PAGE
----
Since I didn't even own the game, this should have had no effect on me. DLC I don't own in a game I don't own is being discontinued. That's meaningless. Except, it's a game I wanted to own--just not yet. Now it has meaning. Now I'm getting emotional. I get upset with Square for this decision, and all of the decisions they made that led them to this point, including adding online-required multiplayer content into a Final Fantasy, and in due course, I rant about it while streaming with my friend Des. She's convinced I'm cutting off my nose to spite my face. I've decided that because of these decisions and the ultimately discontinued achievements, "I'll never play Final Fantasy XV on the Xbox, my preferred gaming system," and the fact that achievements are among the top reasosn dictating that I not play a game in a series I like on a system I like seems the height of insanity to her. And she's not without a point. So we have some fun chatting about that.
About a week later I was attempting my "Perfect Cherry" run in Pac-Man (Xbox 360)
so I could get the completion. This required starting the level, making turns as tightly as I could on my pre-set pattern, and hoping they were tight enough, only to find that they weren't, and then restarting. This is the pattern of achievement hunting (and in many ways at-large in gaming) practice that annoys my wife the most. Particularly if there's audio involved. The constant repetition of the same sounds/dialogue 20, 30, 100 times in a row as I attempt to find the perfect run, or to get past this one spot that is giving me difficulty bothers her. Some games are worse than others. Pac-Man got to her that night, so as she's texting with her friend while Pac-Man is audible in the background, this frustration comes up. The friend is Des. And Des explains, "you think that's bad, wait until you hear this...."
Memorizing this is the easy part. Execution is where the failures come in.
Thus, the plan was born. My wife cooked up the idea to buy a copy of Final Fantasy XV and give it to me for Christmas--after the achievements were already discontinued. Then when I was at work she was going to unlock an achievement in the game for me to cement the deal. This is brilliant and I love it and I love her, but it goes to show a lot about our relationship. I have quirks, she pokes my quirks.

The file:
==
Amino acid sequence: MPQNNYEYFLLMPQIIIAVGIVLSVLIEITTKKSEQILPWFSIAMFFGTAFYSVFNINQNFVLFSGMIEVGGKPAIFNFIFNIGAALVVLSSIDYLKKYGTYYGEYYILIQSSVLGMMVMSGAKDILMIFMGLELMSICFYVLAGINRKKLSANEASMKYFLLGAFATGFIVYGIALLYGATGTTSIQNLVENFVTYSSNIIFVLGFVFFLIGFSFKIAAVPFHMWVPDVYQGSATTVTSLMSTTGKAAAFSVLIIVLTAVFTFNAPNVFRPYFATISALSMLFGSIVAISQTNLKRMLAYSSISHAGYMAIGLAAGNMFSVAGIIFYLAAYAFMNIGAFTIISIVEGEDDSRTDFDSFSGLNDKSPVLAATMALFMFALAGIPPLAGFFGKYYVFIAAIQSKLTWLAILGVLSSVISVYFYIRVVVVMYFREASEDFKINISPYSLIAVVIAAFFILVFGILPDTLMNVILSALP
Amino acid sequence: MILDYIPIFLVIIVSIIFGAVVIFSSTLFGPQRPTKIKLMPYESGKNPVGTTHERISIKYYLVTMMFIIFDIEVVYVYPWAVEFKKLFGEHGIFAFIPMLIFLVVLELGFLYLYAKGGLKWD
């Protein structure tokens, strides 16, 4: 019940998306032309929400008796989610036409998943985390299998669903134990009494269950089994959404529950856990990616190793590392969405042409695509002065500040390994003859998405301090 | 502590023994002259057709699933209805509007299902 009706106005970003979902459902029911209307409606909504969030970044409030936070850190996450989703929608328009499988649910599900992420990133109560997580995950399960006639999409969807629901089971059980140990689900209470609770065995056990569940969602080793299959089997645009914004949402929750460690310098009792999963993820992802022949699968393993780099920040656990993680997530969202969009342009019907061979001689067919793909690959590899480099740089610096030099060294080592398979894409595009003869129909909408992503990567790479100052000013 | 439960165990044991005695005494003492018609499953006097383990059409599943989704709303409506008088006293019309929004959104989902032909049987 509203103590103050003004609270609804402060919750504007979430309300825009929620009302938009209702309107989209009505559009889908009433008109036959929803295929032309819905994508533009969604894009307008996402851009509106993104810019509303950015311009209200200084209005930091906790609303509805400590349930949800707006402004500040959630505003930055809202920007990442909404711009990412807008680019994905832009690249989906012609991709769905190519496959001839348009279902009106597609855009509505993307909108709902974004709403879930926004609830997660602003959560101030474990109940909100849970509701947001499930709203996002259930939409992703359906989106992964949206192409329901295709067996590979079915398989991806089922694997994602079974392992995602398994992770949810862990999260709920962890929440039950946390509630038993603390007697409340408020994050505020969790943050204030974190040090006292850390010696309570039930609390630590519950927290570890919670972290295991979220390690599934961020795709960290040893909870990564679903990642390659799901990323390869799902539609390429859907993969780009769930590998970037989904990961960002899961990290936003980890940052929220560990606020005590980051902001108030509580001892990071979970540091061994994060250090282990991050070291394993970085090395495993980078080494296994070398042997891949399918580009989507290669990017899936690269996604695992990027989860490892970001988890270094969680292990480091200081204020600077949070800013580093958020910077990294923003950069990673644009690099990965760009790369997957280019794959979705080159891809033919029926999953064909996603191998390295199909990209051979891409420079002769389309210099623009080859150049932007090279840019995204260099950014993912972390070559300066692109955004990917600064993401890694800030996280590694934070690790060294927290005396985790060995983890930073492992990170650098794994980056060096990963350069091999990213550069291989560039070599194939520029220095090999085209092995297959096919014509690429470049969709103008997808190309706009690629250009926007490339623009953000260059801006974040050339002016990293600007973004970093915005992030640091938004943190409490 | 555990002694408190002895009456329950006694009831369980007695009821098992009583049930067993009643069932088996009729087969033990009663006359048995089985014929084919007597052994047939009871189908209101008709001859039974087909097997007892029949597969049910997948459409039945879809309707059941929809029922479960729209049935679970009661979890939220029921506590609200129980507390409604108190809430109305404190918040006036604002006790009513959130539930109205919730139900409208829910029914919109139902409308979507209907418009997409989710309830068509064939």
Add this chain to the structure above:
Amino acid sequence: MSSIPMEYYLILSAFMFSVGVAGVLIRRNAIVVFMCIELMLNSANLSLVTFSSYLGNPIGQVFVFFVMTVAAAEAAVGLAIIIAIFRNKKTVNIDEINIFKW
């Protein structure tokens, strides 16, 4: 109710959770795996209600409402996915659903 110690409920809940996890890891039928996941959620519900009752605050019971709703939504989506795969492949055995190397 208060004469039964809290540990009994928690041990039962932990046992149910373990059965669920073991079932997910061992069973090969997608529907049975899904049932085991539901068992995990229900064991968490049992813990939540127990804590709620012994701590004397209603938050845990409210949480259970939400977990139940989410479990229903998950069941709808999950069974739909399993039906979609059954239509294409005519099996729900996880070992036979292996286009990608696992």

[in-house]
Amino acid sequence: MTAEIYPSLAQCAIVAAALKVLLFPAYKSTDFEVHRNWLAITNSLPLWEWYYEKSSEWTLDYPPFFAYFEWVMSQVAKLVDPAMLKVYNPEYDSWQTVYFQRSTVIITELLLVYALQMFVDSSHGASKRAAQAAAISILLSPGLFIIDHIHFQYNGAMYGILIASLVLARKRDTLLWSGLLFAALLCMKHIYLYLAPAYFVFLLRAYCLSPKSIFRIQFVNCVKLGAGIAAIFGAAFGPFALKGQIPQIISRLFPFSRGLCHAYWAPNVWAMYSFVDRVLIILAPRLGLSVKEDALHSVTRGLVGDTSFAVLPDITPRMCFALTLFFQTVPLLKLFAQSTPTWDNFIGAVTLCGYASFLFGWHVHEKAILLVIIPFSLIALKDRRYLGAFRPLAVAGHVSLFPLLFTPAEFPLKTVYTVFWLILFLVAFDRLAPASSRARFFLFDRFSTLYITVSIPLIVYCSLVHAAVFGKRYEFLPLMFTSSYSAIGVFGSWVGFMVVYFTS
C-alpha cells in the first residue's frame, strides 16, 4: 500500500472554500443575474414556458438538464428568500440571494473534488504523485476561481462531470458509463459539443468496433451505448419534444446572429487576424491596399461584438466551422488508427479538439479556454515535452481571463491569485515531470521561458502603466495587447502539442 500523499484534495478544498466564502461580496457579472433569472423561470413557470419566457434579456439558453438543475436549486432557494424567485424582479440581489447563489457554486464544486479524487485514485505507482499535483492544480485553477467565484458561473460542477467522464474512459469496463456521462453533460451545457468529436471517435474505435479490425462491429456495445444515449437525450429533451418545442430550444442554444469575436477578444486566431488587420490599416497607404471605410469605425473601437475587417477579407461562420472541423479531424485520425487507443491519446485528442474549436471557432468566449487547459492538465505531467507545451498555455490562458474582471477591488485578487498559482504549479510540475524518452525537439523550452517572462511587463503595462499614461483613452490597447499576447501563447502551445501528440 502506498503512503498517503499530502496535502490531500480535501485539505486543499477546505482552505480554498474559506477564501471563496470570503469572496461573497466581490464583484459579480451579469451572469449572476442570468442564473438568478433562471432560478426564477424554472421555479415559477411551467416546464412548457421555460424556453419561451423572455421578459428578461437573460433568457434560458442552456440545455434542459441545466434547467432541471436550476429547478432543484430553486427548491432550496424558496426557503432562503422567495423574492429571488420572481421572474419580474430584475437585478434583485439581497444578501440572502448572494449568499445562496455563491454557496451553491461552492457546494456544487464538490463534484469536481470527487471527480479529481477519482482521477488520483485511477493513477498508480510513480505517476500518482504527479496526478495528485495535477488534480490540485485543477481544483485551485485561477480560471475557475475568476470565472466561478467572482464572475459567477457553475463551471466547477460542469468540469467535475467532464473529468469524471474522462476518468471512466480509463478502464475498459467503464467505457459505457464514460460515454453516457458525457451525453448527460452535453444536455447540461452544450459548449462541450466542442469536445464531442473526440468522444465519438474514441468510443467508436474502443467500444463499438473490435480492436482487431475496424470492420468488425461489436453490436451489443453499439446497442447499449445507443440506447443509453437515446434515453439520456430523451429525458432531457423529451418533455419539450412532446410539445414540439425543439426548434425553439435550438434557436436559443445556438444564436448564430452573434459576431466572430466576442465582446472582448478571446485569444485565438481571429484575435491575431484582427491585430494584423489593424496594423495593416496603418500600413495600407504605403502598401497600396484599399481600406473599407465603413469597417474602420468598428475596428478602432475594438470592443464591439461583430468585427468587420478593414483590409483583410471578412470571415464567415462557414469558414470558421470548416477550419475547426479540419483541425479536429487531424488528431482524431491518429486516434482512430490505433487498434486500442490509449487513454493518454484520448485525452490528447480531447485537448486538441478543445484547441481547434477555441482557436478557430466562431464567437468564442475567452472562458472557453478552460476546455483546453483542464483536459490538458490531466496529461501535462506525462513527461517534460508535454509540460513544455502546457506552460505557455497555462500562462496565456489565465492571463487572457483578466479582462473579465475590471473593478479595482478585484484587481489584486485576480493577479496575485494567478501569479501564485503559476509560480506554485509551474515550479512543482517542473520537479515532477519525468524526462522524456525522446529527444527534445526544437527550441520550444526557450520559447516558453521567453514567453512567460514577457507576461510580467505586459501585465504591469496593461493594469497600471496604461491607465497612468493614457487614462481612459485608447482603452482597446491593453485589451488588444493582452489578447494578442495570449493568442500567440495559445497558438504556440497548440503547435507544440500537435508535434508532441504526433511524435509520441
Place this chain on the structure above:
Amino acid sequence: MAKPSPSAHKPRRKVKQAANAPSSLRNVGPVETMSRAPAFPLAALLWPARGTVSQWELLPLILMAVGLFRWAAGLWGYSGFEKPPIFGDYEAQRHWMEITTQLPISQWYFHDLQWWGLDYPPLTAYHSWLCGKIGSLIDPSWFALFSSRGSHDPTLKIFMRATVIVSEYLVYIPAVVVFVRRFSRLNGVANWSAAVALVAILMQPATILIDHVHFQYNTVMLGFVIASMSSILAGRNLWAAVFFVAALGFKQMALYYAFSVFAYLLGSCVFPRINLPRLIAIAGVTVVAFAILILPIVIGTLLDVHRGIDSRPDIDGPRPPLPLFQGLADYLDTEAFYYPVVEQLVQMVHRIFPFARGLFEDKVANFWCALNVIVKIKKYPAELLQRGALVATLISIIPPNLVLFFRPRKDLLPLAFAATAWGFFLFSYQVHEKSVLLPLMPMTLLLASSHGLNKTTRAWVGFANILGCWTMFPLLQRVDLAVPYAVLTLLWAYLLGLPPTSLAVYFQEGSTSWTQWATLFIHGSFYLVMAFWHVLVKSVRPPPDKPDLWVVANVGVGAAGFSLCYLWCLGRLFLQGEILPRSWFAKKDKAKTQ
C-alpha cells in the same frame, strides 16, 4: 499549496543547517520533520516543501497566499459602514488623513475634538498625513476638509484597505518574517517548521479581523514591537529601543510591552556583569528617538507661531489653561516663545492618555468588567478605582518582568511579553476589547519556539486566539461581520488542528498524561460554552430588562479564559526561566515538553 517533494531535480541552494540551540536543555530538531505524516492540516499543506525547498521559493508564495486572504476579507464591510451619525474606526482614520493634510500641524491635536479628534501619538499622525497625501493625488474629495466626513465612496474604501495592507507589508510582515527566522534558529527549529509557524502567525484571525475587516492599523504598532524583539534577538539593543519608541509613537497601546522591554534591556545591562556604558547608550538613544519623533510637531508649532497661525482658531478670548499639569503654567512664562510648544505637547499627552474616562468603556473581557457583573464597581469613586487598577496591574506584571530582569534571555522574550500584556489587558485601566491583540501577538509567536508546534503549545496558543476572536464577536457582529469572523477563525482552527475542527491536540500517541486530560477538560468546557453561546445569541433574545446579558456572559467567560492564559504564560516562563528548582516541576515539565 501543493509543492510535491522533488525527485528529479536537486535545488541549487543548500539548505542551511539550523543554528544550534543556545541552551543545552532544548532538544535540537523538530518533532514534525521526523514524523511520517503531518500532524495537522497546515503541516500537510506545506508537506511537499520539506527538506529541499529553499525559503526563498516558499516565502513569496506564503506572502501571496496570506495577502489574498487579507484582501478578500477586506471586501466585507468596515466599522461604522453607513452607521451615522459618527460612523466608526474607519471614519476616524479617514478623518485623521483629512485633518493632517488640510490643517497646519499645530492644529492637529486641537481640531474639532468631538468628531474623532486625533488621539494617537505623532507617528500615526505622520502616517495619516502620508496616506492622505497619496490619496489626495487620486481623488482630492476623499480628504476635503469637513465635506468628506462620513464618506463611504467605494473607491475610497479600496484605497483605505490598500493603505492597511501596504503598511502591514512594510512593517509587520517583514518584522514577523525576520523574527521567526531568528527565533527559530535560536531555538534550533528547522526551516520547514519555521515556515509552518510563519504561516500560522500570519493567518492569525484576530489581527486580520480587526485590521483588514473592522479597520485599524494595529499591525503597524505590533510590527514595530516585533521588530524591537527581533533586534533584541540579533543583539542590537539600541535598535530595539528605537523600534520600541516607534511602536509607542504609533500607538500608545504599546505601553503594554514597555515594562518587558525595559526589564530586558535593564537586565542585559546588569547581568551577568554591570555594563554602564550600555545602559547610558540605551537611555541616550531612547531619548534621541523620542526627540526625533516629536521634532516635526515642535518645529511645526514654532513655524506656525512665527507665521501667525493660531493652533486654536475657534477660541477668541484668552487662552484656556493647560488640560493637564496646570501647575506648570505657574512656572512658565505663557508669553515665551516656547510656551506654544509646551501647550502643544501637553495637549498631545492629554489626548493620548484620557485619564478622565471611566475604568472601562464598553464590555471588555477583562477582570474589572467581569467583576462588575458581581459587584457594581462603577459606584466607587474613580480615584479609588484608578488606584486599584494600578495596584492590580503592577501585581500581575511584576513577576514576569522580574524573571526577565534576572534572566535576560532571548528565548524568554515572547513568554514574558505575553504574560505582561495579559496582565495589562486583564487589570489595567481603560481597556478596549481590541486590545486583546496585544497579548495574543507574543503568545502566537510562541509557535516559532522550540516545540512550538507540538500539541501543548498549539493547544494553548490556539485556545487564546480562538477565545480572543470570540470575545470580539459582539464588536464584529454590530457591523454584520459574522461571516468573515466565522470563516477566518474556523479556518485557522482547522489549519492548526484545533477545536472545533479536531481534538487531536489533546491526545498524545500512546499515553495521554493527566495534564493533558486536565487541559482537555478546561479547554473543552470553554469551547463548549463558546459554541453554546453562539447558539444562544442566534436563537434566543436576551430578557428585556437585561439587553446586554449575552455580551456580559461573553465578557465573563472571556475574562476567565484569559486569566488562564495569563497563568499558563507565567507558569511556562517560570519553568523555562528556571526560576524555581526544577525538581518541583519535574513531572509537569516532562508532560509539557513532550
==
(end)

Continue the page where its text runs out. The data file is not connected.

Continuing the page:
She relented, however, and gave me the game for our anniversary, prior to the shutdown. Doing so sparked a bunch of laughter and genuine amusement as we discussed what this meant for the next two weeks. Clearly, now, I had to go earn all of those achievements before the shutdown. And with only 10-11 days left, it was going to be crunch time. I explained what that would mean in terms of a time commitment and she was on board.
I've told this story a few times, while playing the Comrades portion with some folks who have been kind enough to help me, and in discussion with gaming communities. But I felt the need to take some time and blog it as well because it's an odd story, and it ended in a way I did not expect.
As of writing, I've got two achievements slated to be discontinued left to go. One for beating the final boss of the campaign, which has a glitch available to make it doable with a lot less of a grind, and one for a medium-annoying grind of a currency. Everything else has been earned in 5-6 days of fairly intense play. The odds are I'll complete the content before the servers shut down, and then I'll have Final Fantasy XV available to play on my preferred system again, without the risk of blemishes. My compulsiveness wins out, but so does my obsessiveness. And it's happening with my wife's blessing, and her instigation.
In case there was any doubt about how awesome my wife is, she also bought me an Advent calendar. It's a beer Advent calendar. Every day I get to open an imported German beer.
Only the 2018 version.
Posted by Xpovos
on 07 December 18 at 16:54
| Last edited on 07 December 18 at 17:12 | There are 4 comments